screen-shot-2011-09-03-at-10-53-00-pm.png

Movie reference aside, this week will answer a lot of questions.  Was the defense THAT fast?  Has Wilton Speight regressed?  Can Michigan clean up mistakes against a program that is in year one of a makeover?  Can Cincinnati “shock the world?”

Was the defense THAT fast?

The short answer is…YES.  Now, let’s distinguish speed from efficiency.  The Michigan defense can run.  What made last Saturday so eye popping is the inferred perception of the SEC.  How long have we heard the critics say “The teams in the north just aren’t as fast as SEC teams?”  The better part of a decade on ESPN has driven that narrative.  What Urban Meyer has known and what Michigan now knows is that the elite northern teams are every bit as fast as those in the south.  How does that happen?  Recruiting.  I know Sean Baligan has railed on the annual February focus on recruiting rankings and I believe he’s had good reason.  His thoughts only become irrelevant when you see speed go from HS to the top tier squads in non-SEC conferences.   Last week, that’s exactly what you saw.  The six sacks and numerous pressures made Florida’s passing ineffective until the last drive.  What I saw that I was most encouraged by is the fact that the run defense and it’s EFFICIENCY made the Gators one-dimensional.  I think that Don Brown & Co. will do the same thing this week.  The only pause for concern is that the Bearcats will be more adept in passing the ball than Jimmy Mac’s Gators.

Has Wilton Speight regressed?

I don’t believe that I can make that argument.  However, the troubling part of game one for Speight was the number of deep throws that he missed.  Actually, it wasn’t even the number.  As I watched it, it was apparent that those misses included balls that were thrown out of bounds.  If Speight is to regain his form, he’ll have to put those passes in a place where his receivers can go make a play.  I’ll go on the record and say that I believe he will be able to do that this Saturday.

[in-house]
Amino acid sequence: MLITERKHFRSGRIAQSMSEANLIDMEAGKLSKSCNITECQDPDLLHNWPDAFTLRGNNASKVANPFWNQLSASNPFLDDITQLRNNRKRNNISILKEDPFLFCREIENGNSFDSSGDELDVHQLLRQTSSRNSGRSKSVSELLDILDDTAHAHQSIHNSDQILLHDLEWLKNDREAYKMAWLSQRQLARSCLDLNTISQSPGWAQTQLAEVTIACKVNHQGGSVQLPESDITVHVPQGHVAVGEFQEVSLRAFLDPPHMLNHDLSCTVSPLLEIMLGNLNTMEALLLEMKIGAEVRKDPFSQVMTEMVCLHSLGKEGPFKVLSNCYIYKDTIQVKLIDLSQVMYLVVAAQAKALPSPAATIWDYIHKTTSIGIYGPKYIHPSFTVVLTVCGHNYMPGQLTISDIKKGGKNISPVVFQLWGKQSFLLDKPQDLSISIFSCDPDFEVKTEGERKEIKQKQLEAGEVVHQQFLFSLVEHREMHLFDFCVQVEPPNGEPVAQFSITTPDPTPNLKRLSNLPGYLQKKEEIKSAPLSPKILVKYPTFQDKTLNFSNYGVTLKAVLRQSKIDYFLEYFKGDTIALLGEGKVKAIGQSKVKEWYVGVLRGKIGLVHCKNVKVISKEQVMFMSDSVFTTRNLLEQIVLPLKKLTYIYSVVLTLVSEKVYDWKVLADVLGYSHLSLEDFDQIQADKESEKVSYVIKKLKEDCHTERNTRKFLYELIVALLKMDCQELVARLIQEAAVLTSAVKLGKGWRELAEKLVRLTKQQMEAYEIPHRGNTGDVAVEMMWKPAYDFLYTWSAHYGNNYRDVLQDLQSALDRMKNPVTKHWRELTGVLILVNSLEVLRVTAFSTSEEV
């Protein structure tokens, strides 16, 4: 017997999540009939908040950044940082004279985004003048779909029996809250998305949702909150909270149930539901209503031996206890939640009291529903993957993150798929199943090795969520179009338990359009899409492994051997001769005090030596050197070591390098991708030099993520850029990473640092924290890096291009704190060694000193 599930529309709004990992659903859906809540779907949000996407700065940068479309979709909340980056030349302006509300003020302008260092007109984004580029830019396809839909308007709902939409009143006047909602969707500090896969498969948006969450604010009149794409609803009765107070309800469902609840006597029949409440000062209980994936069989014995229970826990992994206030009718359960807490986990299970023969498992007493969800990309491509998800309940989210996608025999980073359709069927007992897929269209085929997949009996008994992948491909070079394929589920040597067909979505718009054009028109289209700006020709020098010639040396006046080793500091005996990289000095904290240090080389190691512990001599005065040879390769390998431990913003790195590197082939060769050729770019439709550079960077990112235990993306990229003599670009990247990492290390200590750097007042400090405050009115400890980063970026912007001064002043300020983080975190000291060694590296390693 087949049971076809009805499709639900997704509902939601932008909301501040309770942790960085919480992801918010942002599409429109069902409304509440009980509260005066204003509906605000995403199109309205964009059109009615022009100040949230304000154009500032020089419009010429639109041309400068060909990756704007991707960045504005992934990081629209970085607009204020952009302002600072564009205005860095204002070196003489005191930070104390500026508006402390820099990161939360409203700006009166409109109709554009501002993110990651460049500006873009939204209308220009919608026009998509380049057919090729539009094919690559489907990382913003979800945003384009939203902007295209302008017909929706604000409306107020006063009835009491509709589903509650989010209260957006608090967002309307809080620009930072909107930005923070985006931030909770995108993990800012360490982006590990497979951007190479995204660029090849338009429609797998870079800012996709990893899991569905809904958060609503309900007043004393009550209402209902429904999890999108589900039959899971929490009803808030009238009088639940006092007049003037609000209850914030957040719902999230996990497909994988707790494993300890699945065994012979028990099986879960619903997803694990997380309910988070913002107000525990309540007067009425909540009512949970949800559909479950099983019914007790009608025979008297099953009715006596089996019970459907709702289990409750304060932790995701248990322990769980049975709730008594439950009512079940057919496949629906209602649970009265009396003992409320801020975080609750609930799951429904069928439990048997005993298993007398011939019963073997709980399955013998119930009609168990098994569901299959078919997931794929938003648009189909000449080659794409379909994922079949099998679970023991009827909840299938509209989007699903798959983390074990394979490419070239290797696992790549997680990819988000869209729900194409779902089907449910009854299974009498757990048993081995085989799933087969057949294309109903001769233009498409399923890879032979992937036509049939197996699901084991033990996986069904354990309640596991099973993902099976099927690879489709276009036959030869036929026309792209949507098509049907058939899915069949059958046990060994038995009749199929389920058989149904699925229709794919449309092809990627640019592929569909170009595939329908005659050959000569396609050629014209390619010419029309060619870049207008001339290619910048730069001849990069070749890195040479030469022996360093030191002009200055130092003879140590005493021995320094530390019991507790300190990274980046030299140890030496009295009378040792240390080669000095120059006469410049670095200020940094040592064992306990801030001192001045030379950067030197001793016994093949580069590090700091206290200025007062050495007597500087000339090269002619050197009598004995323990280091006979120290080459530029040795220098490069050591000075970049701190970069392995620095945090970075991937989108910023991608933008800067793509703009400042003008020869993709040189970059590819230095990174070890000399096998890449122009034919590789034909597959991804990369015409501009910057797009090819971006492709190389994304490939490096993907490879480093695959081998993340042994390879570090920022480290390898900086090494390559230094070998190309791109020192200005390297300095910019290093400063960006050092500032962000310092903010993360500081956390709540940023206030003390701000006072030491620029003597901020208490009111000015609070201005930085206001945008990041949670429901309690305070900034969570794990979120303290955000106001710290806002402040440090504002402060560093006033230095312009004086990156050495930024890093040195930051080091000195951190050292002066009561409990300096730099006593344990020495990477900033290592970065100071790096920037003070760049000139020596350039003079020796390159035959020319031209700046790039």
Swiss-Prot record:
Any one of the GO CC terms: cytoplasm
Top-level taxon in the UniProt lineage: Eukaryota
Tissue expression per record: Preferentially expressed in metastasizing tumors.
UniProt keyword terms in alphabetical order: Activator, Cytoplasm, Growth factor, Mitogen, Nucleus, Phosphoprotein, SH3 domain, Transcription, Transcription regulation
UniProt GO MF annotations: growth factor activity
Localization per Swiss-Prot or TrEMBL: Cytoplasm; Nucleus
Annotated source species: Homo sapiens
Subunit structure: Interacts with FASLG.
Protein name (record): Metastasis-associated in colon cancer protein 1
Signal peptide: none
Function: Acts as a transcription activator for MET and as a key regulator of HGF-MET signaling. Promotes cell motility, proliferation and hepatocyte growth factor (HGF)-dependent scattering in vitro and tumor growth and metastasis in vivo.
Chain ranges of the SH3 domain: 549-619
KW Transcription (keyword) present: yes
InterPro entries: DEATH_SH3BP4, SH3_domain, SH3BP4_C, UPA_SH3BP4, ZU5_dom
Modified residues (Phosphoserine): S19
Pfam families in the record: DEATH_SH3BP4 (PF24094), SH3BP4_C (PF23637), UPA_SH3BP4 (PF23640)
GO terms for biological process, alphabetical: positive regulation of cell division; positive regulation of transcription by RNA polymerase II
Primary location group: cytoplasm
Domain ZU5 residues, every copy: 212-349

Can Michigan clean up mistakes against a program that is in year one of a makeover?

This has been the staple of the Harbaugh regime.  I would list the mistake areas in order of importance:

1.  Right tackle pass protection

2.  Special teams getting back to being special (Obviously, I’m not talking about Nordin here)

3.  Passing game efficiency

4.  Defensive secondary technique improvement

Overall, I was okay with Nolan Ulizio’s first start at right tackle.  However, he had 6 misses in pass protection that can ultimately force a tight game to sway to the opponent.  However, I think Harbaugh and Drevno/Frey have earned the right for the fan base to trust their decision…and I do.  Getting a punt blocked certainly is “out of character” for Michigan since 2015 (one fumbled punt snap aside).  Actually, I think Jay Harbaugh and Chris Partridge have shown that Michigan’s special teams are among the nation’s most efficient.  I expect this to continue as the new faces become more comfortable in their roles.  The passing game cannot produce a 11 for 25 outing from Speight in big games.  Look for UM to want to get early completions against a Cincinnati defense that gave up 9.9 yards per completion to Austin Peay.  Look for Michigan’s number to be closer 12 yards per completion.  Lastly, the young defensive secondary had some lapses in their man-to-man technique that you rarely (Orange Bowl aside) saw from last year’s gang of Stribling, Lewis, Hill and Thomas.  Cincinnati is going to throw the ball around…a lot.  If you see separation on vertical routes between the receiver and the defender, it will be a sign of more work to do.  If you don’t see separation, you should get very excited.

Can Cincinnati “shock the world?

The answer is dependent upon Cincinnati.  It has everything to do with Michigan.  Was the emotional high of last week too much for a younger team to deal with?  Ay, there’s the question.  My answer is no.  Schembechler Hall has a way of keeping teams grounded.  It’s been the trademark consistency that Harbaugh brought to Ann Arbor.  Cincinnati’s best player is running back Mike Boone.  They’d be smart to feed him the ball but I don’t see the Michigan defense allowing that to happen.  If I’m right, then quarterback Hayden Moore will be under the gun of that pass rush, which I’m sure will include linebackers like Devin Bush.

Offensively, I think Speight will move the team up and down the field enough to calm the anxiety-ridden fanbase as we will see more tight end production as well as a breakout performance by one freshmen wide receiver.

FINAL SCORE:  Michigan 49, Cincinnati 10

PICKS TO CLICK:  Offense – Donovan Peoples-Jones, Defense – Mike McCray

CONFIDENCE LEVEL:  Confident (I would like to see this team stack performances of the highest level)

ONE THING THAT MAY SURPRISE:  Khaleke Hudson will be this week’s “Devin Bush Breakout Award” winner.  I anticipate a few sacks and a pick for #7.

ONE THING THAT MAY DISAPPOINT:  Running Backs not named Chris Evans.  Ty Isaac had a great game one and Karan Higdon scored a touchdown but I expect rushing numbers to be spread out (including McDoom).